With the arrival of foreign terrorists in the area, the actual representation of Pashtuns has been hijacked by those who do not represent the interests and feelings of the Pashtun population of the area. Whoever among the tribesmen rises against the terrorists and extremists risks being shot dead by the militants. Elders, influential people, and local leaders of the Pashtun tribes are deliberately targeted. Thousands of tribal elders and prominent personalities among Pashtuns have been killed. Even the tribal jirgas and traditional social activities in which tribal leaders reach important decisions related to the area have been targeted by the terrorists’ suicide attacks, with yesterday providing the most recent example.
The tribal area’s mountainous, rugged terrain and long porous borders have provided natural shelter to ISIS-affiliated terrorists and insurgents; the area also serves as a breeding ground for criminals, fugitives and rebels. Should another 9/11 type of attack take place, it will probably have its origins in this belt, and as long as the terrorism issue in this region is not addressed, the U.S.-led coalition force’s mission in Afghanistan will face ongoing challenges.
This makes it necessary for the U.S. and international community to address the issue of rising terrorism and militancy from this area, which has become an ideological center, operational locus, and hub for global terrorism. As the Council on Foreign Relations put it back in 2008, “few places on earth are as important to U.S. national security as the tribal belt along Pakistan’s border with Afghanistan.” Sadly, that remains true today, for the same reasons.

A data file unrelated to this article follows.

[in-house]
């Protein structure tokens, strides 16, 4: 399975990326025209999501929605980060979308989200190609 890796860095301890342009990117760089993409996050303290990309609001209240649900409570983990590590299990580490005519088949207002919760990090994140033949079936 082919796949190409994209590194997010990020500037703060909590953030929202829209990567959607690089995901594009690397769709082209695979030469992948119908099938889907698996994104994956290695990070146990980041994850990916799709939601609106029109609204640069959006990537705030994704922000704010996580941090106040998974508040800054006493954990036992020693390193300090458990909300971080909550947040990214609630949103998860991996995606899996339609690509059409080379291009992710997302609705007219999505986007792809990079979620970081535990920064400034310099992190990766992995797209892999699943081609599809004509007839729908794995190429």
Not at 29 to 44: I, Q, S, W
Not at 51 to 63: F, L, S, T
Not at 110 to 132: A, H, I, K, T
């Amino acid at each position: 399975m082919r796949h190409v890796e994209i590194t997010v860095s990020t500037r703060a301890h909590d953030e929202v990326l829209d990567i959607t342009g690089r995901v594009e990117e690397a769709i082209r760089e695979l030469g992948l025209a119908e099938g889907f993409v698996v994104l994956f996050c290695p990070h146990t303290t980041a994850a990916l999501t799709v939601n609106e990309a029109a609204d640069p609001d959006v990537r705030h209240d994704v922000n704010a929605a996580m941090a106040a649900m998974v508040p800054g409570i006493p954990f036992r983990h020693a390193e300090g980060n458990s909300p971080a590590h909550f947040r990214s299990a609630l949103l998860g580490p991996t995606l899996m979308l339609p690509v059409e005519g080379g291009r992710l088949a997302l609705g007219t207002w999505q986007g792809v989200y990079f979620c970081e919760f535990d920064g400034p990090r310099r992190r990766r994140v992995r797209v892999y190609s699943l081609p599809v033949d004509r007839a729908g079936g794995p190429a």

The Tribal Belt and Militarism
In the aftermath of American invasion of Afghanistan in 2001, both al-Qaeda and the Taliban sought refuge in tribal belt on along the AfPak border. No prior steps were taken to prevent them from escaping and taking shelter in the mountains of the tribal belt. One of the most important reasons for the ineffective response to al-Qaeda sanctuaries in the area was the lack of a clear and overarching strategy when the U.S. attack was launched in Afghanistan.
The porous nature of the border combined with the social, economic, and political complexion of the tribal areas also favored terrorist groups seeking to gain safe havens in this area. The wide political and psychological distance between center and periphery proved a conducive ground for al-Qaeda and extremist groups to win over locals.
The tribal belt is among the poorest and most neglected parts of Afghanistan. More than 60 percent of its inhabitants live below the poverty line. Basic necessities like clean drinking water, gas, electricity, and health care are either non-existent or severely limited in quality and availability. Education is uncommon, with literacy rates at 17 percent for men and 3 percent for women. The region’s unemployed, poverty-ridden, and mostly frustrated youths are at risk of being hijacked by the psycho-political and emotional mobilization of radical extremist groups.